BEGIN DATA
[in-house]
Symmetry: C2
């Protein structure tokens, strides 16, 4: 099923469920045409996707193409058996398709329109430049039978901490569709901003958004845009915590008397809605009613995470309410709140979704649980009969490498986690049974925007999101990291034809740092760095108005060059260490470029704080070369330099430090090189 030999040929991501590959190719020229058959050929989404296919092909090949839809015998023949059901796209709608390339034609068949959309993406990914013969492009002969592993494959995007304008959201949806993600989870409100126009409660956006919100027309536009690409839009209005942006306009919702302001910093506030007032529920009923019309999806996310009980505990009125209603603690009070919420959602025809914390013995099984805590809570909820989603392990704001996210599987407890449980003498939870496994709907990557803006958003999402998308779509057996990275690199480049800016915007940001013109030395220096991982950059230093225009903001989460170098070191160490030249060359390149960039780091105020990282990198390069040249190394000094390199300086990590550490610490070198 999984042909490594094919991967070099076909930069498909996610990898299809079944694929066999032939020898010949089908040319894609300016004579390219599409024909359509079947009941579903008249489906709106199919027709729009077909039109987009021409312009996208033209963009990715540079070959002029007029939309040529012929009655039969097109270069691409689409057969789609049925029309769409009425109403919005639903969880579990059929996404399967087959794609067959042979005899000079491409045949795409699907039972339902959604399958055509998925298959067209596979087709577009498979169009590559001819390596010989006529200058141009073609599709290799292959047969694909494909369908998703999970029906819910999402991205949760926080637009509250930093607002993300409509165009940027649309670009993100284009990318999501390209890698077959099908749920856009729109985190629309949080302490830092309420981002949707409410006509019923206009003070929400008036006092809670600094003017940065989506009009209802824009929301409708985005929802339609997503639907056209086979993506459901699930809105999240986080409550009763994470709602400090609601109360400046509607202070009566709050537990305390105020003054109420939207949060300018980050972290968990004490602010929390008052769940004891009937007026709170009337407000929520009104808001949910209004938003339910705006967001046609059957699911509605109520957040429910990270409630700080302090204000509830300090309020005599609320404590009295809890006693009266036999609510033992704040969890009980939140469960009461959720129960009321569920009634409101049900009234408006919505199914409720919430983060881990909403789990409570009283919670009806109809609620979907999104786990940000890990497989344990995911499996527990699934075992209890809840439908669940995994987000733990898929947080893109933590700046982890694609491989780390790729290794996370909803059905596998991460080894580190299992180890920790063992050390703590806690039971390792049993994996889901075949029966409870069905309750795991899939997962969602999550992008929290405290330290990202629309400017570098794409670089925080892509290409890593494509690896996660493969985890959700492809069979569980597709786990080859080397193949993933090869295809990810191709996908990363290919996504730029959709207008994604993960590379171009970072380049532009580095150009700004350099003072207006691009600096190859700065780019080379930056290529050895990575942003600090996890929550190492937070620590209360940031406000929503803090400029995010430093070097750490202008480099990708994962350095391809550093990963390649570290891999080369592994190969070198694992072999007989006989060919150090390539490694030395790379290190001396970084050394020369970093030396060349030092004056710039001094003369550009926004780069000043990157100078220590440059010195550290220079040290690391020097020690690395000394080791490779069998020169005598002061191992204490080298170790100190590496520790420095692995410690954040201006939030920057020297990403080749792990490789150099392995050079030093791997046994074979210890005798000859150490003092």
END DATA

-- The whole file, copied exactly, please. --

[in-house]
Symmetry: C2
């Protein structure tokens, strides 16, 4: 099923469920045409996707193409058996398709329109430049039978901490569709901003958004845009915590008397809605009613995470309410709140979704649980009969490498986690049974925007999101990291034809740092760095108005060059260490470029704080070369330099430090090189 030999040929991501590959190719020229058959050929989404296919092909090949839809015998023949059901796209709608390339034609068949959309993406990914013969492009002969592993494959995007304008959201949806993600989870409100126009409660956006919100027309536009690409839009209005942006306009919702302001910093506030007032529920009923019309999806996310009980505990009125209603603690009070919420959602025809914390013995099984805590809570909820989603392990704001996210599987407890449980003498939870496994709907990557803006958003999402998308779509057996990275690199480049800016915007940001013109030395220096991982950059230093225009903001989460170098070191160490030249060359390149960039780091105020990282990198390069040249190394000094390199300086990590550490610490070198 999984042909490594094919991967070099076909930069498909996610990898299809079944694929066999032939020898010949089908040319894609300016004579390219599409024909359509079947009941579903008249489906709106199919027709729009077909039109987009021409312009996208033209963009990715540079070959002029007029939309040529012929009655039969097109270069691409689409057969789609049925029309769409009425109403919005639903969880579990059929996404399967087959794609067959042979005899000079491409045949795409699907039972339902959604399958055509998925298959067209596979087709577009498979169009590559001819390596010989006529200058141009073609599709290799292959047969694909494909369908998703999970029906819910999402991205949760926080637009509250930093607002993300409509165009940027649309670009993100284009990318999501390209890698077959099908749920856009729109985190629309949080302490830092309420981002949707409410006509019923206009003070929400008036006092809670600094003017940065989506009009209802824009929301409708985005929802339609997503639907056209086979993506459901699930809105999240986080409550009763994470709602400090609601109360400046509607202070009566709050537990305390105020003054109420939207949060300018980050972290968990004490602010929390008052769940004891009937007026709170009337407000929520009104808001949910209004938003339910705006967001046609059957699911509605109520957040429910990270409630700080302090204000509830300090309020005599609320404590009295809890006693009266036999609510033992704040969890009980939140469960009461959720129960009321569920009634409101049900009234408006919505199914409720919430983060881990909403789990409570009283919670009806109809609620979907999104786990940000890990497989344990995911499996527990699934075992209890809840439908669940995994987000733990898929947080893109933590700046982890694609491989780390790729290794996370909803059905596998991460080894580190299992180890920790063992050390703590806690039971390792049993994996889901075949029966409870069905309750795991899939997962969602999550992008929290405290330290990202629309400017570098794409670089925080892509290409890593494509690896996660493969985890959700492809069979569980597709786990080859080397193949993933090869295809990810191709996908990363290919996504730029959709207008994604993960590379171009970072380049532009580095150009700004350099003072207006691009600096190859700065780019080379930056290529050895990575942003600090996890929550190492937070620590209360940031406000929503803090400029995010430093070097750490202008480099990708994962350095391809550093990963390649570290891999080369592994190969070198694992072999007989006989060919150090390539490694030395790379290190001396970084050394020369970093030396060349030092004056710039001094003369550009926004780069000043990157100078220590440059010195550290220079040290690391020097020690690395000394080791490779069998020169005598002061191992204490080298170790100190590496520790420095692995410690954040201006939030920057020297990403080749792990490789150099392995050079030093791997046994074979210890005798000859150490003092």